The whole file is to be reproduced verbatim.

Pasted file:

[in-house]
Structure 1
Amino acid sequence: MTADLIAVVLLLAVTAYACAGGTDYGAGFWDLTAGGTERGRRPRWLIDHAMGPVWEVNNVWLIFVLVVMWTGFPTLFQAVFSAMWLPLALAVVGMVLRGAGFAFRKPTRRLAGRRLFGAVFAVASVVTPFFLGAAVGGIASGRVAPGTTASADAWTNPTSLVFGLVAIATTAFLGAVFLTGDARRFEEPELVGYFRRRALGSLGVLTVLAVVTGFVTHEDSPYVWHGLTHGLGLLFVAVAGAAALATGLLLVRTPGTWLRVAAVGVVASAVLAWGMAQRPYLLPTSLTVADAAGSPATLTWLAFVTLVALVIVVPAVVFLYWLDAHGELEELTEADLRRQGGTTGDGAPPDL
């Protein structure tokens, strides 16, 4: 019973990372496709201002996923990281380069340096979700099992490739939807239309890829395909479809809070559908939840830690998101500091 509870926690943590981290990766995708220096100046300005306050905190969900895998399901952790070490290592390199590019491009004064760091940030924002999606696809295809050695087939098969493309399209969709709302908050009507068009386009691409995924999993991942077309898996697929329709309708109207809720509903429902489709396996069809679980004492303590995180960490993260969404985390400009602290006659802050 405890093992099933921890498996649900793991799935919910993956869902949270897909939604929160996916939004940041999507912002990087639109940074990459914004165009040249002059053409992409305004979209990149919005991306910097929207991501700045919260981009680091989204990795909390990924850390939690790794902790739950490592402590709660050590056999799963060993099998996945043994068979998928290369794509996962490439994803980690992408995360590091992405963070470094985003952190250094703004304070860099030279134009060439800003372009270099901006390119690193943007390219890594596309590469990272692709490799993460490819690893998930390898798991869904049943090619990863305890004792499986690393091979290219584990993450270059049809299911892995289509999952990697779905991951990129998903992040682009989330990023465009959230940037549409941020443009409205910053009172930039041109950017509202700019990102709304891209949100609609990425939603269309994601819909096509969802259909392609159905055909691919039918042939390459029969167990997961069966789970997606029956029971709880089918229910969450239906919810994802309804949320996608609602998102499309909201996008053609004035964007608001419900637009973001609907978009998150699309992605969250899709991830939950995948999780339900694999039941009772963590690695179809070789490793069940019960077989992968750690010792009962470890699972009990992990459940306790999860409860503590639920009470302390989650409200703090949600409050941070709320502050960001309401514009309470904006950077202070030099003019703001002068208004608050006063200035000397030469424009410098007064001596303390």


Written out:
[in-house]
Structure 1
Amino acid sequence: MTADLIAVVLLLAVTAYACAGGTDYGAGFWDLTAGGTERGRRPRWLIDHAMGPVWEVNNVWLIFVLVVMWTGFPTLFQAVFSAMWLPLALAVVGMVLRGAGFAFRKPTRRLAGRRLFGAVFAVASVVTPFFLGAAVGGIASGRVAPGTTASADAWTNPTSLVFGLVAIATTAFLGAVFLTGDARRFEEPELVGYFRRRALGSLGVLTVLAVVTGFVTHEDSPYVWHGLTHGLGLLFVAVAGAAALATGLLLVRTPGTWLRVAAVGVVASAVLAWGMAQRPYLLPTSLTVADAAGSPATLTWLAFVTLVALVIVVPAVVFLYWLDAHGELEELTEADLRRQGGTTGDGAPPDL
């Protein structure tokens, strides 16, 4: 019973990372496709201002996923990281380069340096979700099992490739939807239309890829395909479809809070559908939840830690998101500091 509870926690943590981290990766995708220096100046300005306050905190969900895998399901952790070490290592390199590019491009004064760091940030924002999606696809295809050695087939098969493309399209969709709302908050009507068009386009691409995924999993991942077309898996697929329709309708109207809720509903429902489709396996069809679980004492303590995180960490993260969404985390400009602290006659802050 405890093992099933921890498996649900793991799935919910993956869902949270897909939604929160996916939004940041999507912002990087639109940074990459914004165009040249002059053409992409305004979209990149919005991306910097929207991501700045919260981009680091989204990795909390990924850390939690790794902790739950490592402590709660050590056999799963060993099998996945043994068979998928290369794509996962490439994803980690992408995360590091992405963070470094985003952190250094703004304070860099030279134009060439800003372009270099901006390119690193943007390219890594596309590469990272692709490799993460490819690893998930390898798991869904049943090619990863305890004792499986690393091979290219584990993450270059049809299911892995289509999952990697779905991951990129998903992040682009989330990023465009959230940037549409941020443009409205910053009172930039041109950017509202700019990102709304891209949100609609990425939603269309994601819909096509969802259909392609159905055909691919039918042939390459029969167990997961069966789970997606029956029971709880089918229910969450239906919810994802309804949320996608609602998102499309909201996008053609004035964007608001419900637009973001609907978009998150699309992605969250899709991830939950995948999780339900694999039941009772963590690695179809070789490793069940019960077989992968750690010792009962470890699972009990992990459940306790999860409860503590639920009470302390989650409200703090949600409050941070709320502050960001309401514009309470904006950077202070030099003019703001002068208004608050006063200035000397030469424009410098007064001596303390």